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Why do you want to be a proofreader?


As someone who’s just set up a freelance proofreading business, this is something I’ve been asked more than once. As with most decisions, there are many reasons for my choice of career, and a few ideas that certainly aren’t true!

The most common idea of why I’ve become a proofreader is that I like pointing out other people’s mistakes. While the core skill of proofreading is spotting errors, I don’t take personal pleasure from highlighting them. Everyone makes spelling errors, mis-uses punctuation and makes typos - yes, even proofreaders! What I enjoy is taking someone’s hard work, and using my skills to give it a final polish – no-one thinks that window cleaners like pointing out people’s dirty windows and doors!


There are thousands of proofreaders and copy editors working in the UK, and I’m sure each started in the industry for different reasons. At work I seemed to have a talent for spotting small errors such as double spaces between words, words used out of context and inconsistencies in texts. When reading for pleasure, I found errors jumping out at me, though of course, there could have been far more errors I was simply never aware of. Many times, I was told ‘you should be a proofreader’, but it wasn’t something I ever thought of doing as a career. But gradually, I found myself wondering if this was something I could do full-time? What were the skills and training I would need – did I need a degree in English, or to commit to a long and expensive course? I turned to Google and found out more about proofreading as a profession, and learned that there’s no single route in, nor is there a ‘typical’ proofreader.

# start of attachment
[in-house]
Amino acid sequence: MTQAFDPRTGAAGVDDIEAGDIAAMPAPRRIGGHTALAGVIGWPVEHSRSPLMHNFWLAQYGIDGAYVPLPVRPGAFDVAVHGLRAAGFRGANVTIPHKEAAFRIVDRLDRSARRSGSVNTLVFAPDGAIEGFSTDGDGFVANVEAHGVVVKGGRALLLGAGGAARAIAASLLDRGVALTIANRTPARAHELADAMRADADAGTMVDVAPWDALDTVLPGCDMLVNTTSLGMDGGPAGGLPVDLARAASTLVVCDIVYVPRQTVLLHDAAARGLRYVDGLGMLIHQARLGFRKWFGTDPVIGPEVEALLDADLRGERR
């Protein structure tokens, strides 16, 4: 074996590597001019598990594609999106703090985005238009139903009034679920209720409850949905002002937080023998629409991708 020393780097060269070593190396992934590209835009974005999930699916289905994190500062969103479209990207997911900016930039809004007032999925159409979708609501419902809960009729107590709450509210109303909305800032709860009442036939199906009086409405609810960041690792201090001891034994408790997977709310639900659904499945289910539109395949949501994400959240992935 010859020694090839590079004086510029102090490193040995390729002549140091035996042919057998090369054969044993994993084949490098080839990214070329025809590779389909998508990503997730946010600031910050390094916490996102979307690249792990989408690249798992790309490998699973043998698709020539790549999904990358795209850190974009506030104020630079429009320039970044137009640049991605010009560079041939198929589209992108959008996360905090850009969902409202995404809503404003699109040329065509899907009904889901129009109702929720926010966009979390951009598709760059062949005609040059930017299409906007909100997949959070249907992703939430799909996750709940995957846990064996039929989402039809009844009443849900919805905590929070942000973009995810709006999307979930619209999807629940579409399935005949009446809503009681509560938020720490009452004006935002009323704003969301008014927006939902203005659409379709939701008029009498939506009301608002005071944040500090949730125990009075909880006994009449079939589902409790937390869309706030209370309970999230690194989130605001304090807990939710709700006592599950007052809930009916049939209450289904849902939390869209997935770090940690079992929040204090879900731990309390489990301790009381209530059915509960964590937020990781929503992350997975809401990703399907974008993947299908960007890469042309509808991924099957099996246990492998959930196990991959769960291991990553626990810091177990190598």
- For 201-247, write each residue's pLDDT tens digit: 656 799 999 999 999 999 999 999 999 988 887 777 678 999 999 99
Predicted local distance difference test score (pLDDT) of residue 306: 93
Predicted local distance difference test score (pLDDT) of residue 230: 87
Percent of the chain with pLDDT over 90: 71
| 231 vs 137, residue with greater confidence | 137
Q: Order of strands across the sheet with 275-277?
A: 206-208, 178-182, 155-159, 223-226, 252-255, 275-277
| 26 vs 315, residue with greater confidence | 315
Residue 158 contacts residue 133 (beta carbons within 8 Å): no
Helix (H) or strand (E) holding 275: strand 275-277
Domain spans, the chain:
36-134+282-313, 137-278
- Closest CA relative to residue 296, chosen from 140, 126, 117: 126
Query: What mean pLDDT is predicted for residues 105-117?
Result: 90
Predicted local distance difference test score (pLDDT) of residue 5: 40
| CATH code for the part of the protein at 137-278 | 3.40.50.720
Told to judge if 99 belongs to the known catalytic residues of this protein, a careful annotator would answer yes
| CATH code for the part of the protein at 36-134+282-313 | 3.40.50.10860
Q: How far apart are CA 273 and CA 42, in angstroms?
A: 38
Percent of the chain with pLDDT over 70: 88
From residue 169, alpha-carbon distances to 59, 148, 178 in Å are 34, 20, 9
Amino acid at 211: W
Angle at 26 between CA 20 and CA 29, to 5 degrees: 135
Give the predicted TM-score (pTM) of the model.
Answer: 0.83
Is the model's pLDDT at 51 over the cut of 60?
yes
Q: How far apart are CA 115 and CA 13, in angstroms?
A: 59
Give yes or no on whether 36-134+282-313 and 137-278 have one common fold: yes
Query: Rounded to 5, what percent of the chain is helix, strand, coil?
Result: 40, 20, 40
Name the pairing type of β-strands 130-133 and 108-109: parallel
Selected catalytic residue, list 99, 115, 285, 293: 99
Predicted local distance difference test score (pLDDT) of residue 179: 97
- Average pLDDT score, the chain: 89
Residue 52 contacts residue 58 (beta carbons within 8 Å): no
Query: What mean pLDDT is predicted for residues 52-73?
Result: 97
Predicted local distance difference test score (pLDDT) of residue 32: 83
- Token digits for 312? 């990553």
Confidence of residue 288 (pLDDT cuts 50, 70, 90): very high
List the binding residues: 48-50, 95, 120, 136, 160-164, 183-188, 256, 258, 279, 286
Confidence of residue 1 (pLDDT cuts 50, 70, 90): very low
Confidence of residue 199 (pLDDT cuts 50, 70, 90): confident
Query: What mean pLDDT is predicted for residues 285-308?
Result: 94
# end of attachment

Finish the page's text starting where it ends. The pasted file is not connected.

My research led me quickly to the Chartered Institute of Editing and Proofreading (CIEP). I spent a long time on the CIEP website (https://www.ciep.uk/ for those who are interested), and researched their various training courses. Throwing caution to the wind, I joined CIEP and signed up to the course ‘Proofreading 1: Introduction’. It was a good decision; I found that I had a decent standard of knowledge, but also learned a great deal – I’d never heard of en dashes and em dashes, much less had any idea of the difference. I worked my way through the course, my knowledge expanded and most importantly I enjoyed it. After a short break I embarked on ‘Proofreading 2: Headway’, a tutor-marked course that goes into much greater depth. I proofread documents on subjects as diverse as RSPB working holidays, medieval heraldry and osteoarthritis. My tutor was forensic and encouraging and again, I felt my knowledge and my confidence increasing. With a sense of optimism, I came up with a name for my business, set up a website and social media presence. So that makes me a proofreader – I’m at the beginning of what I hope will be a rewarding and profitable new career. I’m already considering my next training course (probably plain English) and as every new business does, looking for opportunities. It’s exciting, and I’m looking forward to it!

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